In computer science, ACID (atomicity, consistency, isolation, durability) is a set of properties of database transactions intended to guarantee data validity despite errors, power failures, and other mishaps


Atomicity guarantees that each transaction is treated as a single "unit", which either succeeds completely, or fails completely: if any of the statements constituting a transaction fails to complete, the entire transaction fails and the database is left unchanged

An atomic system must guarantee atomicity in each and every situation, including power failures, errors and crashes

Consistency (Correctness)

Consistency ensures that a transaction can only bring the database from one valid state to another, maintaining database invariants: any data written to the database must be valid according to all defined rules, including constraints, cascades, triggers, and any combination thereof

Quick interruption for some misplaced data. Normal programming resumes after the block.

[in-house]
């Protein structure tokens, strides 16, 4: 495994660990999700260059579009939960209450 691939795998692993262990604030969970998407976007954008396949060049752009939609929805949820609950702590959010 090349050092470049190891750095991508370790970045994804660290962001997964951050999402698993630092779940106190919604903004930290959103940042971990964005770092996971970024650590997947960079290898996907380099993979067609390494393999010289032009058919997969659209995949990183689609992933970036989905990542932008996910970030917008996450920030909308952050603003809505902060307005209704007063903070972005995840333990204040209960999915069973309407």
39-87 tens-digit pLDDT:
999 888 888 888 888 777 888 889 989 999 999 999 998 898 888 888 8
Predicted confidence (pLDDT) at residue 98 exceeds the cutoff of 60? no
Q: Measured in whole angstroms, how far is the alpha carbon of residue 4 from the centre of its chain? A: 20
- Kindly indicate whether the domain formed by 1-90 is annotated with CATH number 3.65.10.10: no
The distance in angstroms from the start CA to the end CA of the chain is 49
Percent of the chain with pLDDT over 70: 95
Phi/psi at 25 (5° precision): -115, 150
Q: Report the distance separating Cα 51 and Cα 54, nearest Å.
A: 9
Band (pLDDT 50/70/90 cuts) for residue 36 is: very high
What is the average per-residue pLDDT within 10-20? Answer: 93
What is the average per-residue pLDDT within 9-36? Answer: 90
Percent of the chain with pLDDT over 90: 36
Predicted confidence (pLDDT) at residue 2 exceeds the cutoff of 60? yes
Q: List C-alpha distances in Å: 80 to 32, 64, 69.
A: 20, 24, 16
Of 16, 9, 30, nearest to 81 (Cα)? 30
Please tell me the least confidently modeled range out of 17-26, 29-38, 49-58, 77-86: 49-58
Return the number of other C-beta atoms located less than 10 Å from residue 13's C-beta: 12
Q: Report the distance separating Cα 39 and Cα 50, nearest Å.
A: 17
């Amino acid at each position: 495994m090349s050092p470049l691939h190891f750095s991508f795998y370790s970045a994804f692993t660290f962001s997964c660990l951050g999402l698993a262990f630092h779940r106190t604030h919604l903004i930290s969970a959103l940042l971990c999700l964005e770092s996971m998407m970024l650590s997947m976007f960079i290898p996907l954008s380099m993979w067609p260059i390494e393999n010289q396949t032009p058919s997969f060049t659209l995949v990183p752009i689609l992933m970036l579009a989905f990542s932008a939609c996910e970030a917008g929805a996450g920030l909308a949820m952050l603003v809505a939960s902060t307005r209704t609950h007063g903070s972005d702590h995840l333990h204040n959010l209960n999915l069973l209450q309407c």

Transactions are often executed concurrently (e.g., multiple transactions reading and writing to a table at the same time). Isolation ensures that concurrent execution of transactions leaves the database in the same state that would have been obtained if the transactions were executed sequentially.

Isolation is the main goal of concurrency control;

depending on the method used, the effects of an incomplete transaction might not even be visible to other transactions. [7]


  • Serializable
  • Repeatable reads
  • Read committed
  • Read uncommitted


Durability guarantees that once a transaction has been committed, it will remain committed even in the case of a system failure (e.g., power outage or crash).

This usually means that completed transactions (or their effects) are recorded in non-volatile memory


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